6. If you’re talking about the segment between Downtown to Northgate, the 41 might count as a “line,” but if you’re headed to Lake City, you’re much better off taking the 306/312/522, which unfortunately have much less (or no) service off peak. The 41 tends to get bogged down in traffic around Northgate, which when combined with a series of somewhat clumsy turns makes for poor local service. A normal person can beat the 41 from Lake City to Northgate on a bike without too much effort. I like that Metro reduced the number of stops, but I’ll be a lot happier when we finally have a grade-separated solution.

    1. It would make sense to upgrade the 41 to 10-15 minutes full-time now. Then when North Link is open, truncate it at Northgate and it’ll be the frequent Lake City – Northgate/Link route. That would resolve the dilemma of whether to increase the 522 from hourly in the evenings, when Lake City may require more frequency than Kenmore and Bothell. The infrequent Lake City transit makes it harder for working-class people to take advantage of the lower housing cost in Lake City. Half-hourly/hourly to downtown (522), hourly to the U-district (72), and half-hourly to Northgate (41 & 75 without overlapping stops) just doesn’t cut it for urban transit.

      1. A lot of the TOD along Lake City is too far south to be served well by the 41. Nor does the 522 serve it. The 75, IMHO, is a more worthy route for upgrading to RapidRide frequency. Those who live in that TOD who haven’t already bought cars must be counting the days until UW Station opens and the 372 gets them somewhere more than just campus, assuming we can convince Metro to get the 372 to drop reasonably close to the station.

        I’d actually like to see the 522 become peak-hour-only when UW Station opens and have the 372 become more of a BRT route all day, with weekend service thrown in for the poor stranded riders of south Lake City.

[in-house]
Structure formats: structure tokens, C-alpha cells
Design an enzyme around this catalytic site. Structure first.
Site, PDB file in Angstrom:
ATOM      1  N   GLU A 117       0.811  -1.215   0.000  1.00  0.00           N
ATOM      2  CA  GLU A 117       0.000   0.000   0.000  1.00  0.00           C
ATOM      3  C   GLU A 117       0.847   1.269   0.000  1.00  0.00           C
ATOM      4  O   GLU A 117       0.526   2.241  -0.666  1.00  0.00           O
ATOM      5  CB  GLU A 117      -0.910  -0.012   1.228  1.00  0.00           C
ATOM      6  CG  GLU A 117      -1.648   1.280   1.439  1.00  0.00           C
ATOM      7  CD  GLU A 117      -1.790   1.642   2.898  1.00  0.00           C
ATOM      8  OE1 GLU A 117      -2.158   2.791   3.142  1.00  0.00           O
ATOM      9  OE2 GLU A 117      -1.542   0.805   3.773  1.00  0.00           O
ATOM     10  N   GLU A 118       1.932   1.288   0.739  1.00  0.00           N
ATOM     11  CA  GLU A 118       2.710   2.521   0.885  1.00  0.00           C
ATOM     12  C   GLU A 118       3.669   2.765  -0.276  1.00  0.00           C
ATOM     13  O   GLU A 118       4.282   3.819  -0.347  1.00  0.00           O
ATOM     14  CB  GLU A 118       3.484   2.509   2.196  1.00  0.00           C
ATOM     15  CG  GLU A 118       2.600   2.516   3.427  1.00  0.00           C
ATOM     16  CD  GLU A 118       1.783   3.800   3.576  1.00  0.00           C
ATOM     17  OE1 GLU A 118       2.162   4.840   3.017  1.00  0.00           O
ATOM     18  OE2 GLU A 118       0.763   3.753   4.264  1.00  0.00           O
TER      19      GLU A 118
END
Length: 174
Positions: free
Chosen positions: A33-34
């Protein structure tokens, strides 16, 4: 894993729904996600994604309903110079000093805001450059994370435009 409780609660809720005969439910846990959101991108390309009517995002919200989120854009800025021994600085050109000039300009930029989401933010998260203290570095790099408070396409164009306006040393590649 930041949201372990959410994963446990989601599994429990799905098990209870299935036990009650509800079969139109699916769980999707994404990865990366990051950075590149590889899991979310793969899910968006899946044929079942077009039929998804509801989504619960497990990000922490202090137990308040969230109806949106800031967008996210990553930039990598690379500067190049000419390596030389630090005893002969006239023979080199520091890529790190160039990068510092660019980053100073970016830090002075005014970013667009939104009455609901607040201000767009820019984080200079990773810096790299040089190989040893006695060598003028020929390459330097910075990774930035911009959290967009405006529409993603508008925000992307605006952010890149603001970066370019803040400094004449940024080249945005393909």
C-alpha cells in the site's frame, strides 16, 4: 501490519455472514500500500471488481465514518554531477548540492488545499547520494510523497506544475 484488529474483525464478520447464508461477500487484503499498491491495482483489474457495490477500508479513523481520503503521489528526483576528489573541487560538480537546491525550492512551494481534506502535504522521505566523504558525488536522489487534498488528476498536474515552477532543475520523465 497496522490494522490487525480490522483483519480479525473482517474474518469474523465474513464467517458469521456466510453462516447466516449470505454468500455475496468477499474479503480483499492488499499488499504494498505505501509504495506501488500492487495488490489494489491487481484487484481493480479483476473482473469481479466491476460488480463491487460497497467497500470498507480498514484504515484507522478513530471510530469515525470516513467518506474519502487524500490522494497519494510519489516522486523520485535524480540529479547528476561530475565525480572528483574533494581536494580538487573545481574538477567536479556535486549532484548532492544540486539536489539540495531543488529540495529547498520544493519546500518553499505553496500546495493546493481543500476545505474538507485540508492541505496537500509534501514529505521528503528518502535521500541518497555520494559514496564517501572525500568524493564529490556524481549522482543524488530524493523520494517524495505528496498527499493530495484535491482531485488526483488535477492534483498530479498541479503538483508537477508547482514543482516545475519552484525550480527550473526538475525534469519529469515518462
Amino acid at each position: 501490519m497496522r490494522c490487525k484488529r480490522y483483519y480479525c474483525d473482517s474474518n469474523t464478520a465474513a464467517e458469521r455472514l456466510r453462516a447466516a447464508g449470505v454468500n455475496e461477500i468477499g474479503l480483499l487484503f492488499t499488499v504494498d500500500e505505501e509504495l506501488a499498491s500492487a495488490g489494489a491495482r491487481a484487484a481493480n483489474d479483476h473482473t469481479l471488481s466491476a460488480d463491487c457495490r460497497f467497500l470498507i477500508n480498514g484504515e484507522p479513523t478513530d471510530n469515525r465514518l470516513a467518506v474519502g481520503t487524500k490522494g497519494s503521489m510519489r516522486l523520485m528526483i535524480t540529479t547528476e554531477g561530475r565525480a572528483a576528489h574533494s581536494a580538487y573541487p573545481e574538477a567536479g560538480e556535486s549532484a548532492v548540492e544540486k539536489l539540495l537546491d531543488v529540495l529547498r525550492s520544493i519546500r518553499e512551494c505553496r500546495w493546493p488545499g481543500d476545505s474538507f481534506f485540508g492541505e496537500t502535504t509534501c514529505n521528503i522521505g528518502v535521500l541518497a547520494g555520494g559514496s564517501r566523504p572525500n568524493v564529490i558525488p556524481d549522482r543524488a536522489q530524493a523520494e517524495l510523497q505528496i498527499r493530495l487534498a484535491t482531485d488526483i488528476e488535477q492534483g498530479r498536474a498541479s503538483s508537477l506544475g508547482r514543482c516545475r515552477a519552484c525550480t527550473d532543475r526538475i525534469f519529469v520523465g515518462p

But then, it may all get reconfigured once Northgate Station opens, anyway. By then, our elected officials may have taken junkets to Jakarta, and discovered transit lanes.

      2. I’ve been wondering whether the 41 or the 75 was a better trunk corridor for Lake City-Northgate. In either case, one of them has to be made frequent even if it means downgrading the other or axing it.

  7. Well, route and line are two different things.

    Rail tends to travel in straight lines.

    Buses can make 90 degree turns at a corner.

    A train will curve to negotiate the landscape, but mostly to get itself back onto a straight line.

    1. I agree with Brent, and would add that lots of 90 degree turns are part of what slows a bus down. Especially painful is the series of turns the 3/4 makes as it passes through the Harborview complex. One of the reasons I usually ride the 12.

      I bet there’s a correlation between the number of turns a bus route/line makes and the end-to-end speed. Rail not so much, because the rolling stock can maintain much more of their speed through the smoother, larger radius turns.

  8. the way metro is set up now perhaps a new term should be introduce. corridor, for instance, then we could label the ‘service area’ between downtown and the u-district a corridor. several buses make the corridor and offer service that could be respected as a ‘line’. I think that there are any metro buses should qualify as lines from a branding standpoint…they are never on time because they sit in traffic or get caught behind lights…they need to be grade-separated…the only example of a line right now (when the electric wires are ice free) is the link. let’s not OVER brand our buses…

    1. WTA in Bellingham does that with their GO Lines for buses sharing a common corridor that combine to provide frequent service.

  9. Whether a route or a line, who at Metro thought it was a good idea for the bus ad wraps to cover the side destination sign? Doesn’t matter what you call it if people can’t figure out what it is or where it is going.

  10. I am going to respectfully disagree; the general public is more concerned about transit getting them to where they need/want to go, at the time they need/want to get there. Considering anything else, IMO, is missing the point.

  11. Love the blog, love transit, love BRT, LRT, and even POB. And I’m all for branding when you’ve got something special.

    But line vs route? I shrug. Make it fast, frequent and on-time, and I won’t care if you call it the horizontal bubbleator.

  12. Some cities, like Portland, call all of their bus services “lines”. Their network is structured in a grid.